Don’t minimize their situation
You may be trying to do this with good intentions, in order to comfort the patient and be optimistic. But, remember the patient is worried. They may feel like they are being dismissed or that their situation is being downplayed. Acknowledge the situation as it is and offer to be there for them. You can have a look at our blog Gifts Ideas for Chemo Patients to find both physical gifts and ways to support them psychologically.
Don’t say: “It may be a misdiagnosis!”
After the patient clarifies that a misdiagnosis is not the case some people tend to insist that it might be. In this situation, it’s better to accept things as they are so that the patient and people close to them can focus on dealing with the situation. Please remember that mental strength is very important during cancer treatment.
Don’t say: “Don’t take chemotherapy, just heal with meditation!”
Don’t say: “Chemotherapy will ruin your health!”
This goes beyond words that can be misinterpreted to suggestions that are downright harmful. Yes, chemotherapy is taxing however it is among the best treatments for cancer that we currently have. As we have mentioned before, psychological support and mental strength are very important. Making the patient doubt the process will damage their fortitude.
Don’t point out their weight loss
While you may point out the weight loss to cheer up the patient as a positive comment, remember they may be in a vulnerable state. They may interpret this to mean that they look drained. The most important thing to remember is not to be overly positive and come across as fake and forced. Simple words of encouragement “I’m with you all the way”, and “I believe in you” are enough.
Don’t keep calling them when they are not answering the phone
Patients may be tired of phone calls and may need some space. They may need a break from people and if they don’t answer your call, you can send them a text message. The message can be as simple as: “Hey, I called you but you didn’t answer. I didn’t want to keep ringing your phone in case you need some time alone. Let me know when you feel like talking, I would like to speak to you when you feel you are able to.”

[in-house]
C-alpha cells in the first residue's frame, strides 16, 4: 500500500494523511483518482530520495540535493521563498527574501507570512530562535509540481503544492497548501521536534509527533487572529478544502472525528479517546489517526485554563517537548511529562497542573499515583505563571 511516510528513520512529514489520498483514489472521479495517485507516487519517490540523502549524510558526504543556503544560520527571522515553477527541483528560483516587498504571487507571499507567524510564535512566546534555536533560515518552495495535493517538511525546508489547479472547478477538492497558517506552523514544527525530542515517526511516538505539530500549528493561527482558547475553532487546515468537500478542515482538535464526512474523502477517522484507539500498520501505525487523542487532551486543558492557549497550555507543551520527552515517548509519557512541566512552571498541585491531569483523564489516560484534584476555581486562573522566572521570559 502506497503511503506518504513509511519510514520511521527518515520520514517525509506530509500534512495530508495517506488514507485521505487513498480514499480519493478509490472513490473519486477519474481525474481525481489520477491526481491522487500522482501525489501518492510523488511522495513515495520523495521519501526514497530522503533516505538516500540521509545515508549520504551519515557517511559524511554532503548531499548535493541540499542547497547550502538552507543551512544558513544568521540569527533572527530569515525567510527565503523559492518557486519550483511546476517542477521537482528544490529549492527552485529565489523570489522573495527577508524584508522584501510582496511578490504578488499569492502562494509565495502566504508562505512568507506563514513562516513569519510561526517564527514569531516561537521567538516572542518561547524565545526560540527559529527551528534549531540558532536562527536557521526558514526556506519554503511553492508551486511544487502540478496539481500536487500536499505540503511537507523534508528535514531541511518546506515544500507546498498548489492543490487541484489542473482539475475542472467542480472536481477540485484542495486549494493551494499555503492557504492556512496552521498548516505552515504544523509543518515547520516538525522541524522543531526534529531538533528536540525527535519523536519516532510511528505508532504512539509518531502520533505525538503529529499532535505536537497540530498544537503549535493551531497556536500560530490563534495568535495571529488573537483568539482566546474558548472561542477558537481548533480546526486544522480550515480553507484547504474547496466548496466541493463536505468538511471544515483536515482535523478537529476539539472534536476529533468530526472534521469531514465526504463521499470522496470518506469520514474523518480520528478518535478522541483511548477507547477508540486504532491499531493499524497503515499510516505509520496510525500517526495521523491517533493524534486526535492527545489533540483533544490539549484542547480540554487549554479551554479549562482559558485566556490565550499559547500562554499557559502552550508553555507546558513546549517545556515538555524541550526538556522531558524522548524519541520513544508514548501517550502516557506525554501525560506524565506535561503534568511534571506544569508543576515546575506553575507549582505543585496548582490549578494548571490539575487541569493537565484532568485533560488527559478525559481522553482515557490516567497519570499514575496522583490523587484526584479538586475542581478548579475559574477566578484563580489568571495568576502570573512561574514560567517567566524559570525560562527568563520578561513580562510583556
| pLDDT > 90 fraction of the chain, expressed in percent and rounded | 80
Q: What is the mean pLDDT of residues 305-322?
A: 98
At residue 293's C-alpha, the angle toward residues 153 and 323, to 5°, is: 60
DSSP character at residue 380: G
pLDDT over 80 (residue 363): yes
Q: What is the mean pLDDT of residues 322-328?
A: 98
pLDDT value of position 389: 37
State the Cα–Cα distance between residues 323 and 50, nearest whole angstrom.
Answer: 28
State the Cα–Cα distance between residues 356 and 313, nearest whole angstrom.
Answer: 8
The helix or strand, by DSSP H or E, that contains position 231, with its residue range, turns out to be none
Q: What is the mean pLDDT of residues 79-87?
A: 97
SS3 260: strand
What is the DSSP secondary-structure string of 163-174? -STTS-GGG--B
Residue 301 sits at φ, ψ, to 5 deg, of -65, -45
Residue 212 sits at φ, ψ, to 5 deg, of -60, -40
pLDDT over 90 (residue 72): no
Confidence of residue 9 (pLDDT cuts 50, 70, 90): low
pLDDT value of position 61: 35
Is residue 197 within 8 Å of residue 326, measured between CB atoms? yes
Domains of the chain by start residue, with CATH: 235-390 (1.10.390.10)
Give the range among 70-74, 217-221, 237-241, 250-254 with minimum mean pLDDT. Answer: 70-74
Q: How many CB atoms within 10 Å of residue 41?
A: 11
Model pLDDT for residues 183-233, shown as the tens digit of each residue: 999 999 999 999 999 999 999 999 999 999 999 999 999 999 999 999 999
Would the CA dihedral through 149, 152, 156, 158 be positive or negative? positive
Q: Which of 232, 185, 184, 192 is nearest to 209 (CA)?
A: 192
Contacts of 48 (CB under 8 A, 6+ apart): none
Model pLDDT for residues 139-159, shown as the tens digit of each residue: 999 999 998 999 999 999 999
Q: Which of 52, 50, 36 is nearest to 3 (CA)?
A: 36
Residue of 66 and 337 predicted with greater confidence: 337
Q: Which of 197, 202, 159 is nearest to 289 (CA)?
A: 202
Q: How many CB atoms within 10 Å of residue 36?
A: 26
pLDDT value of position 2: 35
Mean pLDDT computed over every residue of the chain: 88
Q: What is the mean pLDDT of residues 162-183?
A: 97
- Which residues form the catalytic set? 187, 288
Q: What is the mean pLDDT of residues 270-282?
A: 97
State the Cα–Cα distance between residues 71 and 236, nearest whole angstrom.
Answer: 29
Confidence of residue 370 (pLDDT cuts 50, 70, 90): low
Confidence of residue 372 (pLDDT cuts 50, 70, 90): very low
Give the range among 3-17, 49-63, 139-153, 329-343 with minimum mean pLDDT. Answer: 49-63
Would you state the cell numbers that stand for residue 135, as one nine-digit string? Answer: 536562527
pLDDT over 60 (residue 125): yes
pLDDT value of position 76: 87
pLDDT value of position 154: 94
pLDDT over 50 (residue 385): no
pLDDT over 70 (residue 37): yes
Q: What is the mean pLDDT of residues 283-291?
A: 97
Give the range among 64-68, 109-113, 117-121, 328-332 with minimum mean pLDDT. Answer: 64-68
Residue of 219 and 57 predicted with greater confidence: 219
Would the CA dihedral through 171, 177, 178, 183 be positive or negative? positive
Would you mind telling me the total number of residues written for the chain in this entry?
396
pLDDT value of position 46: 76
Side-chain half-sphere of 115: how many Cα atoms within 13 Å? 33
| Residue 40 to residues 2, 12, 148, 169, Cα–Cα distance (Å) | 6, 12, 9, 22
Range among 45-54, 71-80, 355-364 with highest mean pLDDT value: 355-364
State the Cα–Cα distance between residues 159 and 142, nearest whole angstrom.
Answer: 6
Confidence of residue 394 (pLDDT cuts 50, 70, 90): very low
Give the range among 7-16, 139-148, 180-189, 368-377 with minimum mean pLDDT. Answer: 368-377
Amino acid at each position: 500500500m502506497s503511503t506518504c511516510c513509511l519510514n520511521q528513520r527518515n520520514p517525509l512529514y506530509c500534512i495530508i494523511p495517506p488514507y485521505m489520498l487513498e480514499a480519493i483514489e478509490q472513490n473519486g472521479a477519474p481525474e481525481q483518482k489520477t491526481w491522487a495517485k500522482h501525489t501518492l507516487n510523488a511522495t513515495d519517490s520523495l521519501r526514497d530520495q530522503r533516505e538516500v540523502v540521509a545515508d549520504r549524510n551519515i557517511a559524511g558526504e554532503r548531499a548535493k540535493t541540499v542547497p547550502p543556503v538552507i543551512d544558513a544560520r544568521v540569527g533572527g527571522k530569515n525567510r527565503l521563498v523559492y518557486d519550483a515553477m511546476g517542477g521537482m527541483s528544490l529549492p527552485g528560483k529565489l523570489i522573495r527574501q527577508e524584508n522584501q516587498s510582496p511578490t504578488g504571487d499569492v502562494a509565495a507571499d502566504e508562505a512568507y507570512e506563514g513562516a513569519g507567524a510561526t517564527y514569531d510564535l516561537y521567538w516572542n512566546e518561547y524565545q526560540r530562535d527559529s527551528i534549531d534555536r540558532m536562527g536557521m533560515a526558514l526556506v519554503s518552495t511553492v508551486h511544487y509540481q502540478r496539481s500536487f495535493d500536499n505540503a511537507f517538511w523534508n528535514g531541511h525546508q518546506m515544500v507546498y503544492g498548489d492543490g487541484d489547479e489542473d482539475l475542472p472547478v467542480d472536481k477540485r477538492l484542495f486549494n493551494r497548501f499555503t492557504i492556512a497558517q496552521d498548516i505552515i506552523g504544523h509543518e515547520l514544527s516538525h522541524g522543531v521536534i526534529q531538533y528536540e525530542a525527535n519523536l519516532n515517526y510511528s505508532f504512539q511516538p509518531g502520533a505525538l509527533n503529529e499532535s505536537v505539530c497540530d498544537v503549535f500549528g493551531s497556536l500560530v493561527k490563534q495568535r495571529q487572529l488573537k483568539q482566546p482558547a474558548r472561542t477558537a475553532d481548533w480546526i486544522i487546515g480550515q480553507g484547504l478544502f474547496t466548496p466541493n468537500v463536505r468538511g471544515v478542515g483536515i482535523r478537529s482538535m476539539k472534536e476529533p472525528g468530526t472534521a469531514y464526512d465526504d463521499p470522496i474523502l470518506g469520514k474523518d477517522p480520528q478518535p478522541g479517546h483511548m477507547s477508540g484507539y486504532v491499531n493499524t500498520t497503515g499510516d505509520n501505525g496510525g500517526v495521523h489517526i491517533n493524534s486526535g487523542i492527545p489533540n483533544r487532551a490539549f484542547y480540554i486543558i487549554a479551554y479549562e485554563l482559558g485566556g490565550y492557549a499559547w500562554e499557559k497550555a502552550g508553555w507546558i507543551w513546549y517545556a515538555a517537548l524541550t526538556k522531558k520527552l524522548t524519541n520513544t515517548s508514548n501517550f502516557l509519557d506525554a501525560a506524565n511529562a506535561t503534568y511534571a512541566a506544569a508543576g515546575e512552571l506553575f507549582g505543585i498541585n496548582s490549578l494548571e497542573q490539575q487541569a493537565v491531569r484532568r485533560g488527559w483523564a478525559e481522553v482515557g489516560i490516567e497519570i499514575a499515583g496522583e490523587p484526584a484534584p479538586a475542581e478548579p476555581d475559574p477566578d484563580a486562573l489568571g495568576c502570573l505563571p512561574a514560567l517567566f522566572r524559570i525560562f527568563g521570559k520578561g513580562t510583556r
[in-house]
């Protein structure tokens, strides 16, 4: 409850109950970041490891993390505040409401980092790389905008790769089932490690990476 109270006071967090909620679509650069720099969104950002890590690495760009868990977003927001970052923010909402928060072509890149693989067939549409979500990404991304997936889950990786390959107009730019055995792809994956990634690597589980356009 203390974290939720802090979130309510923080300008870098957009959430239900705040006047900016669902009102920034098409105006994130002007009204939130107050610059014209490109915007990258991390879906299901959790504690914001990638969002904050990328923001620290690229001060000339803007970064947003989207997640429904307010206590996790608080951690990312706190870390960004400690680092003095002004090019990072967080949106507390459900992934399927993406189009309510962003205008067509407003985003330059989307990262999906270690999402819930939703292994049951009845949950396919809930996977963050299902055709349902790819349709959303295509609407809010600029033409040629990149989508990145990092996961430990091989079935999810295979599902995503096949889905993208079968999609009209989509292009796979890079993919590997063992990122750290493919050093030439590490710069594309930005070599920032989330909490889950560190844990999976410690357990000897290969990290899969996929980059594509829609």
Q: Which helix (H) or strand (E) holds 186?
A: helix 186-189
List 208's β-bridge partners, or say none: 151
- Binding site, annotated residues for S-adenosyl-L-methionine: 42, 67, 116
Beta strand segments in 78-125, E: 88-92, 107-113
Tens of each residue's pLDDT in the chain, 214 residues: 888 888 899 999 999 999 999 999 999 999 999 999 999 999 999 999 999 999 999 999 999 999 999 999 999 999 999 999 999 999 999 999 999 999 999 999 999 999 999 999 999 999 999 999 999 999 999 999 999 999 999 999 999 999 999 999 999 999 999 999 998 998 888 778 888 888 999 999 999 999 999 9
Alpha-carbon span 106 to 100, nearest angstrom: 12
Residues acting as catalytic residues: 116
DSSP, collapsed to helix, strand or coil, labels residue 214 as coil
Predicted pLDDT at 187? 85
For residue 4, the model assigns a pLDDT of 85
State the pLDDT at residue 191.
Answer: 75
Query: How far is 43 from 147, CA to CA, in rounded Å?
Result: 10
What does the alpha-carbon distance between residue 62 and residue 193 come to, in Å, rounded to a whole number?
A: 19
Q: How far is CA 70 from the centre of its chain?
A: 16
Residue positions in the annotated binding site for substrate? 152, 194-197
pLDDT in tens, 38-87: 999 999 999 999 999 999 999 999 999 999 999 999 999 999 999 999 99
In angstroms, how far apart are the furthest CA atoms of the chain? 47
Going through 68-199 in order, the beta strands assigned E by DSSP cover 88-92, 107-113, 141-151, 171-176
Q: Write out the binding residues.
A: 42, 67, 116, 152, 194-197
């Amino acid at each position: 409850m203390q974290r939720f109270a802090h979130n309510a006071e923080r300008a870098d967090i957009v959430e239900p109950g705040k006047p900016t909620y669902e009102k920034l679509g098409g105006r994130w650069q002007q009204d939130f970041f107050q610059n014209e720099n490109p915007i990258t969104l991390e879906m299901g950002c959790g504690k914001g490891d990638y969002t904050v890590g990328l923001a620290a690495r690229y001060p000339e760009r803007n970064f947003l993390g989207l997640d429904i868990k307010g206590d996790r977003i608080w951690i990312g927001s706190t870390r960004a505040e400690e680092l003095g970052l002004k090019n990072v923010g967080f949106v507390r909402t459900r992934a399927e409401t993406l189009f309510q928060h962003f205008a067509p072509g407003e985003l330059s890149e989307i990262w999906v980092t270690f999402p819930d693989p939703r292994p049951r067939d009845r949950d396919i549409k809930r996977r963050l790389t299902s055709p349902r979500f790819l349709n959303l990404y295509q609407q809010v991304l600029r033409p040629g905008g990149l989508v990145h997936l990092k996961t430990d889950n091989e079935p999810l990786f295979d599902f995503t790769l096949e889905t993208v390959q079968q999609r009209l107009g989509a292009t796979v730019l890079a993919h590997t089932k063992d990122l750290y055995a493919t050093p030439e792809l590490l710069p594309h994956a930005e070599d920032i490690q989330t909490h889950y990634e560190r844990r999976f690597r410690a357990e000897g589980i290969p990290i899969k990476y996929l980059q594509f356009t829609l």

What to say to Cancer Patients
Many get paralyzed thinking of what to say when someone gets a bad diagnosis. Patients don’t need to hear anything extra special. The best things to say to someone with cancer are often simple words of encouragement. Helping them with chores, and being there when they tell or hint that they need support is enough. It’s okay to admit that you don’t know what to say. They will most likely understand you. Some examples of what to say to a cancer patient:
“I will be here to support you. You can always rely on me”
“Please let me know if you need help, any time!”
Stay in touch with them. Ask them about the updates while remembering to respect their privacy and boundaries
Go to their next chemo with them
What to text someone who has cancer?
Don’t text, give them a call instead. The patient would feel the seriousness of the situation is being dismissed by a mere text message. No matter how supportive the message is, it is much better to give them a call instead of texting. If your call is not answered, the patient may need some privacy in that case you can text them to ask when you can call them.
Overall, you don’t have to stress about what to say. The best things to say to cancer patients are often simple but to the point. When you start to overthink and tell yourself you have to go the extra mile, you may end up making mistakes. This can lead to saying things that are well intended but may be interpreted the wrong way. This is a time when emotions are high and like we said before; it’s best to keep it simple. Just show your love and care and that is the best thing you can do, and show them that you are there for them no matter what.